Major Leaguers on Craigslist?

<i>The Real Deal asked Mets ballplayers about their (often unfancy) digs during spring training </i>

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R.A. Dickey

Florida’s youngest snowbirds — East Coast Major League Baseball players — make a pilgrimage each year to train among the royal palms. For the New York Mets, that means heading to Port St. Lucie, Fla., which is located beyond the northern tip of Palm Beach.

Most of these players live in New York City during the season, so finding a Florida pad for spring training can be a challenge. To find a comfortable roost, players use all the tools at their disposal, from staying with friends to — yes, that’s right — Craigslist.

“I found my place on Craigslist,” Mets knuckleball pitcher R.A. Dickey told The Real Deal last month at Digital Domain Park before the team’s game against the St. Louis Cardinals. “That’s how that worked out for me down here for the last two years.”

This year, Dickey said, he rented a three-bedroom home in Port St. Lucie with his family during spring training, which wrapped up late last month.

Real estate agent D.J. Morris finds housing each year for a number of St. Louis Cardinals players while they train in nearby Jupiter. He said players who rent homes in the area typically spend between $2,000 and $3,000 on rentals per month for the spring season.

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For outfielder Scott Hairston, who signed with the Mets in January, the Florida sojourn has been quite an adjustment. Hairston spent the previous seven seasons with West Coast teams that train in Arizona’s Cactus League, so he was able to live in his own home during the spring.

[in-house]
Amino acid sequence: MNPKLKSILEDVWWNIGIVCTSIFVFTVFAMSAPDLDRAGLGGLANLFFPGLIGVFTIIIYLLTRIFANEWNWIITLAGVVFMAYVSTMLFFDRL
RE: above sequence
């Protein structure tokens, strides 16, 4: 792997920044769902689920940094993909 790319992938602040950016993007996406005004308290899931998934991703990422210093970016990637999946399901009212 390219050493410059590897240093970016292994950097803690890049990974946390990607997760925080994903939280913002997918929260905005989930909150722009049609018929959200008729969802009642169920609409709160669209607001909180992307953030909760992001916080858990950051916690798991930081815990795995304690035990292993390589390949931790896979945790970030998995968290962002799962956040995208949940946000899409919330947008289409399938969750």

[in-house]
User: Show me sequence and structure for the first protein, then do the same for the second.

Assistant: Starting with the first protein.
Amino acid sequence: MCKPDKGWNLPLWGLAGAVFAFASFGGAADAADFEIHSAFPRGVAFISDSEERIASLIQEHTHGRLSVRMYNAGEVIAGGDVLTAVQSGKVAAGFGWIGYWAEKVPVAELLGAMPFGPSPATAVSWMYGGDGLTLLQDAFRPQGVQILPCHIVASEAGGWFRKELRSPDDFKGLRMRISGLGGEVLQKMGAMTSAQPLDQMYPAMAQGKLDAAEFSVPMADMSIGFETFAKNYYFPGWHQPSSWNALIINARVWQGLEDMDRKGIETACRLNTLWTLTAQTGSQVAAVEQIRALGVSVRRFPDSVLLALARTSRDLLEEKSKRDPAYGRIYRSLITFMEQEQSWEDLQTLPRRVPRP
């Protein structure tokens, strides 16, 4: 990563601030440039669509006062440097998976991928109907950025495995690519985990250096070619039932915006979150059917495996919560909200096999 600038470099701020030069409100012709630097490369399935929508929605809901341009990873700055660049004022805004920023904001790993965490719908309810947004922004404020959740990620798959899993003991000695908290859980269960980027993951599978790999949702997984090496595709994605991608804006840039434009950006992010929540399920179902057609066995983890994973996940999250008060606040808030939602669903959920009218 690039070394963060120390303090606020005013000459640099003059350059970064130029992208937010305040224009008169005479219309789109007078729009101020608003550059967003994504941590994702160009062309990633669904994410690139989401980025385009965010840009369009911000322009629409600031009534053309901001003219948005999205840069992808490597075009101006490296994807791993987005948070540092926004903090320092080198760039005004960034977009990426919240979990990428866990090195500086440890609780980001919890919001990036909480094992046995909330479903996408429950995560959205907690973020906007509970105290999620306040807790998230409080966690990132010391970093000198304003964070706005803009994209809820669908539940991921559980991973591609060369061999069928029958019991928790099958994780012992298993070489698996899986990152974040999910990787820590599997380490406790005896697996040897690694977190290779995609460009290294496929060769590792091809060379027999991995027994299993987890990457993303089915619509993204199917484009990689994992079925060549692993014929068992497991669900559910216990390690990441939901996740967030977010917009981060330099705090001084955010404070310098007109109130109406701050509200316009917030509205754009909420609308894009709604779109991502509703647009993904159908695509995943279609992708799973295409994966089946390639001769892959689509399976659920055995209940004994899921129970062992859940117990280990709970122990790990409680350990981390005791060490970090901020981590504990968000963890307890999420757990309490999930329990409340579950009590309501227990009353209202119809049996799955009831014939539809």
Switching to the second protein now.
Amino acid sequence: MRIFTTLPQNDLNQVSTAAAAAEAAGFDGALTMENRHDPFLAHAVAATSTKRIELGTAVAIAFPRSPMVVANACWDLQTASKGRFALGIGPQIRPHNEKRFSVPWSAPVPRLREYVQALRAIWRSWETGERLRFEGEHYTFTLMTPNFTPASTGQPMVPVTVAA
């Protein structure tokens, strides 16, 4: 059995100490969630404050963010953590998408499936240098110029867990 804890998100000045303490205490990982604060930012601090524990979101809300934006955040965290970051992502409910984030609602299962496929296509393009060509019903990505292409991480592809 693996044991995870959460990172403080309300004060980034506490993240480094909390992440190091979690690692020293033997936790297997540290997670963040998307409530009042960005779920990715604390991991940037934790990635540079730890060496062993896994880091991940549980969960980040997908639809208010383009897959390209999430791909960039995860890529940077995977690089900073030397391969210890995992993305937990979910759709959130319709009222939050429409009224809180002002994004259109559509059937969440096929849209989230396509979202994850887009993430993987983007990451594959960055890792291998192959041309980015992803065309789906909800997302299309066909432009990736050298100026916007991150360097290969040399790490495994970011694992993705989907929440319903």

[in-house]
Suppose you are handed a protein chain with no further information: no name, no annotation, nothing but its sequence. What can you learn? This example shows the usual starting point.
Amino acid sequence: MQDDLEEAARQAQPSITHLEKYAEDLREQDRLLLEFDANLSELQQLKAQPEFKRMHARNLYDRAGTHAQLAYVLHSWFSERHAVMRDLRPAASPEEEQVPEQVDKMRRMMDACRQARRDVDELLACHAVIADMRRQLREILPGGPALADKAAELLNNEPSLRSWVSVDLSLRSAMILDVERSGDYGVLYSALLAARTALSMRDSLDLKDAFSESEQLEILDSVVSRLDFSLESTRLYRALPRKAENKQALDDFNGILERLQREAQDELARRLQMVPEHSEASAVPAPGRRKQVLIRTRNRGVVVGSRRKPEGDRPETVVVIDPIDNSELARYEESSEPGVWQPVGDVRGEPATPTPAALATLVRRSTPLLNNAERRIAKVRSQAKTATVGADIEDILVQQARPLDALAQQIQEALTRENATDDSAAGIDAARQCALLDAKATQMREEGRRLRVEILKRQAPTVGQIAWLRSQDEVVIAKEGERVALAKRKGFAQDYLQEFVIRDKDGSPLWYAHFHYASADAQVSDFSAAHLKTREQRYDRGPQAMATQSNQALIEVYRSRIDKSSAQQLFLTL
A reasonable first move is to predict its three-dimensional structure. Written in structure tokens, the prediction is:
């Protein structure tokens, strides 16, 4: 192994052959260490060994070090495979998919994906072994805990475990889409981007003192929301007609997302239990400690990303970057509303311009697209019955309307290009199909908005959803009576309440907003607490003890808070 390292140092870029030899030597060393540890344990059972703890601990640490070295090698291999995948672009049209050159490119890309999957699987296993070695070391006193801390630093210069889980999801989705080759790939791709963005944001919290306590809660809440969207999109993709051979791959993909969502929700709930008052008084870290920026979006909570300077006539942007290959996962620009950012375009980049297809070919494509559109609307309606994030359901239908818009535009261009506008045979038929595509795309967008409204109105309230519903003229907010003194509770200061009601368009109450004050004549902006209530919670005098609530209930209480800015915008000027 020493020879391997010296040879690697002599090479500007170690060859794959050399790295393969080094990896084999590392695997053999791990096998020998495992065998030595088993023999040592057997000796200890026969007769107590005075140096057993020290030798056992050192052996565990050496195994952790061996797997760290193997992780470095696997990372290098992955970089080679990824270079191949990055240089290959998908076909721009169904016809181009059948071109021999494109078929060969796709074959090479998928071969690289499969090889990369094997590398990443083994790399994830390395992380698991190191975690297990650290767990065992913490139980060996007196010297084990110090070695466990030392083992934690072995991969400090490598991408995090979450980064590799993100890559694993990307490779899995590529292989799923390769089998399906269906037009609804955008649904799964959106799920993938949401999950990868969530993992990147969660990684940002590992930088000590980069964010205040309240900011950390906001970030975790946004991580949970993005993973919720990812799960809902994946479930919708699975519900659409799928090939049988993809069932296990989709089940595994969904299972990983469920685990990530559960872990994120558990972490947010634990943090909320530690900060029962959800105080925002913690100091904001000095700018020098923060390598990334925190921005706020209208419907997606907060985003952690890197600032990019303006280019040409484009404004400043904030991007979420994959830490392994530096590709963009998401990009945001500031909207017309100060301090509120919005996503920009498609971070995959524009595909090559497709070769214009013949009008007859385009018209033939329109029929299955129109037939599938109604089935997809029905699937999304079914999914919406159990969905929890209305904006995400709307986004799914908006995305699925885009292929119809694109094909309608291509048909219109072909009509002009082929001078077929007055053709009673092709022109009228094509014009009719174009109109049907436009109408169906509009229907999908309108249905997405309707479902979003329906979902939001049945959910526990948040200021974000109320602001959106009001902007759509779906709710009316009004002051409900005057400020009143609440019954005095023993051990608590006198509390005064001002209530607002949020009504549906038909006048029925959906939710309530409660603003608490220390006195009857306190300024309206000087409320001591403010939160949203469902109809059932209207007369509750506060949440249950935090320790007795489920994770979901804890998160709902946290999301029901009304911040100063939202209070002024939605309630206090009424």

“It’s difficult because sometimes, as a player, you can live in three different places a year,” he said. “But that’s part of the game, part of the lifestyle.”

To find a place in Florida, he asked for recommendations from players who’d spent previous springs in the area. They pointed him to a popular player residence, the Castle Pines Golf Villas community, which is located in the PGA Golf Village. He ended up renting a unit there.

Another new Met, outfielder Willie Harris, also lived at Castle Pines during spring training. He said the formula for finding housing is simple. “The main thing is you just want a roof over your head,” Harris said. “Somewhere close to the ballpark so you can get there, sleep in a little later and get to the ballpark fairly quickly.”